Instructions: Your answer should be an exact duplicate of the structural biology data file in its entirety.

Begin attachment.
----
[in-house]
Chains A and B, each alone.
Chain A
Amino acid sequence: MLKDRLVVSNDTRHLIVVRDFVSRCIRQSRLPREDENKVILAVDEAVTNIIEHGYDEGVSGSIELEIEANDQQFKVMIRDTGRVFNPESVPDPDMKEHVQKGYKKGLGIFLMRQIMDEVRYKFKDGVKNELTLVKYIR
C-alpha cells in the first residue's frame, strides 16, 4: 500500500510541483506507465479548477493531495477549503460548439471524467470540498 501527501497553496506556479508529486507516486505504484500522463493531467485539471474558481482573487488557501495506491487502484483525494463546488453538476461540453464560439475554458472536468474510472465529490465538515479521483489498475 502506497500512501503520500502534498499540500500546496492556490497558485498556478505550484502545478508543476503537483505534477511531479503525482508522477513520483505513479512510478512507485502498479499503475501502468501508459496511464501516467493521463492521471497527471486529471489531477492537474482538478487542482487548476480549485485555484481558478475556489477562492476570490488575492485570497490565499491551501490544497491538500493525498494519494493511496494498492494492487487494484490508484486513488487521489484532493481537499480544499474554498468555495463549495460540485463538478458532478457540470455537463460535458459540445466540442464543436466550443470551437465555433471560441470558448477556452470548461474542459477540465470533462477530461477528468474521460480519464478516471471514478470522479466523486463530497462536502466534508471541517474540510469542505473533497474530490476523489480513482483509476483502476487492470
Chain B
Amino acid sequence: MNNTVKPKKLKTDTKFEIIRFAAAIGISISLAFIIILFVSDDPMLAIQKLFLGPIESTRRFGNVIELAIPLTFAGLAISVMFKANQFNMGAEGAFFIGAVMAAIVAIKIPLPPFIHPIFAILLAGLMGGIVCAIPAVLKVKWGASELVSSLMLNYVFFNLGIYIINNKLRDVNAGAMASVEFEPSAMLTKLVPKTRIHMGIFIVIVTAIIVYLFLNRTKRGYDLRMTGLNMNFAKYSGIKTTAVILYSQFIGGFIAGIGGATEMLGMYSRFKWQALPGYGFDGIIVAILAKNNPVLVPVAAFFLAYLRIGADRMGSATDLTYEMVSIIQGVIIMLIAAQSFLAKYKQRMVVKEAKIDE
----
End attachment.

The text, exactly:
[in-house]
Chains A and B, each alone.
Chain A
Amino acid sequence: MLKDRLVVSNDTRHLIVVRDFVSRCIRQSRLPREDENKVILAVDEAVTNIIEHGYDEGVSGSIELEIEANDQQFKVMIRDTGRVFNPESVPDPDMKEHVQKGYKKGLGIFLMRQIMDEVRYKFKDGVKNELTLVKYIR
C-alpha cells in the first residue's frame, strides 16, 4: 500500500510541483506507465479548477493531495477549503460548439471524467470540498 501527501497553496506556479508529486507516486505504484500522463493531467485539471474558481482573487488557501495506491487502484483525494463546488453538476461540453464560439475554458472536468474510472465529490465538515479521483489498475 502506497500512501503520500502534498499540500500546496492556490497558485498556478505550484502545478508543476503537483505534477511531479503525482508522477513520483505513479512510478512507485502498479499503475501502468501508459496511464501516467493521463492521471497527471486529471489531477492537474482538478487542482487548476480549485485555484481558478475556489477562492476570490488575492485570497490565499491551501490544497491538500493525498494519494493511496494498492494492487487494484490508484486513488487521489484532493481537499480544499474554498468555495463549495460540485463538478458532478457540470455537463460535458459540445466540442464543436466550443470551437465555433471560441470558448477556452470548461474542459477540465470533462477530461477528468474521460480519464478516471471514478470522479466523486463530497462536502466534508471541517474540510469542505473533497474530490476523489480513482483509476483502476487492470
Chain B
Amino acid sequence: MNNTVKPKKLKTDTKFEIIRFAAAIGISISLAFIIILFVSDDPMLAIQKLFLGPIESTRRFGNVIELAIPLTFAGLAISVMFKANQFNMGAEGAFFIGAVMAAIVAIKIPLPPFIHPIFAILLAGLMGGIVCAIPAVLKVKWGASELVSSLMLNYVFFNLGIYIINNKLRDVNAGAMASVEFEPSAMLTKLVPKTRIHMGIFIVIVTAIIVYLFLNRTKRGYDLRMTGLNMNFAKYSGIKTTAVILYSQFIGGFIAGIGGATEMLGMYSRFKWQALPGYGFDGIIVAILAKNNPVLVPVAAFFLAYLRIGADRMGSATDLTYEMVSIIQGVIIMLIAAQSFLAKYKQRMVVKEAKIDE